Jan 02, 2013
India’s young rape victim has left her country and its patriarchal society seeking measures to end violence aimed at others sharing her gender. Similar cries for justice have resounded in other parts of South Asia.
Even as India demands speedy justice to the 23-year-old girl who died after being brutally gang-raped and assaulted in New Delhi on December 16, people from across South Asia have spilled out, taking to the streets, clamouring for putting an end to such inhuman incidents.
Members of civil society groups in Pakistan came out on roads to express their solidarity and protest against the brutal gangrape of a 23 year-old paramedic to express outrage at the gangrape of the young woman in India and to show solidarity with Indian civil society's demand for stronger laws to punish rapists.
Braving a cold evening on the New Years eve, protesters in Pakistan held a candle light vigil in the capital city of Islamabad against the culture of violence against women.
The protest, outside a prominent shopping arcade in Islamabad, was marked by placards that read ‘sisterhood goes beyond boundaries.’ A number of passers-by also joined the gathering in the Pakistani capital and expressed grief at the gangrape that triggered protests across India.
The protesters carried placards which read: ‘Jahan kahin bhi zulm hoga, hum awaaz uthayaenge.’ (We will raise our voice against atrocities, wherever it takes place) and ‘Jab tak aurat zulm sahegi, hum awaaz uthayaenge.’(We will raise our voice as long as women will have to bear injustice).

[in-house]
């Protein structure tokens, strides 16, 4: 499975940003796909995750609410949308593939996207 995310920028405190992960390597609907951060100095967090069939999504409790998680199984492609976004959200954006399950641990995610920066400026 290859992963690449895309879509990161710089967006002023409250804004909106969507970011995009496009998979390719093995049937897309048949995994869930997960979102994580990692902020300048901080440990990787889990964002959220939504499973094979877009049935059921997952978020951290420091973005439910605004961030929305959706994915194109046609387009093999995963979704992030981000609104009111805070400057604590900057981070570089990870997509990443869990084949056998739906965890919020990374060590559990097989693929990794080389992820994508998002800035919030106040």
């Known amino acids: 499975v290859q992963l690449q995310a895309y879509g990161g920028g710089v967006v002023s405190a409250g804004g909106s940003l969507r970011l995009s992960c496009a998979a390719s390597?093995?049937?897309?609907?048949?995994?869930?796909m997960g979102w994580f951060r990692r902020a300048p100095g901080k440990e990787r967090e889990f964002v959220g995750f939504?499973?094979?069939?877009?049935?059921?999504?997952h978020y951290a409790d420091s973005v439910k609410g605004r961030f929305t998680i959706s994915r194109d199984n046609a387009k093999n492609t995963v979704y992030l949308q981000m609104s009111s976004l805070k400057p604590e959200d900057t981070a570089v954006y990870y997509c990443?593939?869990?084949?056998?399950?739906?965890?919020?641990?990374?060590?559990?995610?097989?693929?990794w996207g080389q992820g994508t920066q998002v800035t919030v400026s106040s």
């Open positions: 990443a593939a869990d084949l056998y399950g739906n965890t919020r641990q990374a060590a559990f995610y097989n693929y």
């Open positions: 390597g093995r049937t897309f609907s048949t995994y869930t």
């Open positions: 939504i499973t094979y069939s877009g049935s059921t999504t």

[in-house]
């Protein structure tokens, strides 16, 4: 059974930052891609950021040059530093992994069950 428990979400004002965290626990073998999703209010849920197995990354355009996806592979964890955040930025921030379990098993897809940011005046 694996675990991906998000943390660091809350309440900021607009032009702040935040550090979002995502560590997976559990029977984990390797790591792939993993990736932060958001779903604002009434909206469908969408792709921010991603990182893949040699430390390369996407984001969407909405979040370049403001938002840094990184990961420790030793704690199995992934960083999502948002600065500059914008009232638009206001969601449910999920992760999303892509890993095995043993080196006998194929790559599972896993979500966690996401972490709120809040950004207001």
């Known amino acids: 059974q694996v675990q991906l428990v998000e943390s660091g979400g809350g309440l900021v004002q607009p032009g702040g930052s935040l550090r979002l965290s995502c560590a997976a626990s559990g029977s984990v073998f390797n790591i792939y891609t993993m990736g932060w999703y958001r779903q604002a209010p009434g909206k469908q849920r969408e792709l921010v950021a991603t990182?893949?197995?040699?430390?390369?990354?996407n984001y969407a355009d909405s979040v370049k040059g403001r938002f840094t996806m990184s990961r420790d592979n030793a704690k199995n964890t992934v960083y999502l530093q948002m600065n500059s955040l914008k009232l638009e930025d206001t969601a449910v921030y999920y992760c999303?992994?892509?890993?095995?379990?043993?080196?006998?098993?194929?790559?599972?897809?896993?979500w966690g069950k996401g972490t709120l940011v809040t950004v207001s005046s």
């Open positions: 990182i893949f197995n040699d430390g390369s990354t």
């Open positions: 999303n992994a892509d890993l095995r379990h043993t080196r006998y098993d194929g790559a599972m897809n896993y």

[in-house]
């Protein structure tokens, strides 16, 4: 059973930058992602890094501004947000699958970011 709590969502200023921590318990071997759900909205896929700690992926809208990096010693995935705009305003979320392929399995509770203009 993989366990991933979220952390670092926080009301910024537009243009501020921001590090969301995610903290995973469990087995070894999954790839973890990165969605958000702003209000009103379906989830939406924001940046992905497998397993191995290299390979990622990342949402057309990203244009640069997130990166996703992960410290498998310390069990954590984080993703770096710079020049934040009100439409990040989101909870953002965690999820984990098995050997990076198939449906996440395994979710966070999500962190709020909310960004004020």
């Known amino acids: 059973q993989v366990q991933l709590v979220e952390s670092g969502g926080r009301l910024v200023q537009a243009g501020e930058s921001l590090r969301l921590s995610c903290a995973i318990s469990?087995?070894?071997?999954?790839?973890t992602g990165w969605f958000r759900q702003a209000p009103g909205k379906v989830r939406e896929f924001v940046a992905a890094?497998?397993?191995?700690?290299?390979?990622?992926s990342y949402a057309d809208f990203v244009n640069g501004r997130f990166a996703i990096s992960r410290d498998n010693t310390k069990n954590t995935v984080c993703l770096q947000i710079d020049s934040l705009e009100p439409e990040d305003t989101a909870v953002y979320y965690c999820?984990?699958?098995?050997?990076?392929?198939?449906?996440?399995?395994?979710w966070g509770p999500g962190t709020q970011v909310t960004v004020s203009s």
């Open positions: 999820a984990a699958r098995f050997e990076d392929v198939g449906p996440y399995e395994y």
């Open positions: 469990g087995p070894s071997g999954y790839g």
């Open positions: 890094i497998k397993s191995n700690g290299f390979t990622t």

The protests and the media coverage following the New Delhi rape is being followed closely in other parts of South Asia. Giving wide coverage to the Delhi gangrape, Bangladeshi media has termed it as a ‘lesson’. Quoting leaders from across the board, the papers have echoed the crescendo in India, urging speedy trial for rape cases and separate laws to deal with the protection of victims and witnesses to ensure justice.
In the neighbouring Nepal, students of National Medical College (NMC), Birganj, protested with a rally and marched through the main roads of Birganj town which lies along the Indo-Nepal border. According to media reports, some housewives too joined the rally. Nepal too has witnessed troubled times as its women have fought for a life of dignity.
Several newspapers across the South Asia region have also carried editorials that have pointed to the violence perpetrated against women in the countries the newspapers are published from.
The number of rape cases in Delhi has increased in 2010 over the previous year. In 2009, there were 459 cases of rape reported across the city, while in 2010 the figure was 489. This roughly translates to one rape case every 18 hours. Also, there were 528 cases of molestation in 2009 and such cases went up to 585 in 2010 - or once every 14 hours.
With the spotlight on law and order, the debate remains on what has caused this decay of social fabric in India. The outrage over this incident is the reaction to years of such recurring incidents. One of the causes of such repeat can be the lack o convictions and the pending trials that do not make deterrents for offenders. In 2010, only 26 per cent of the perpetrators were convicted. If this is not bad enough, the court cases for these go on forever.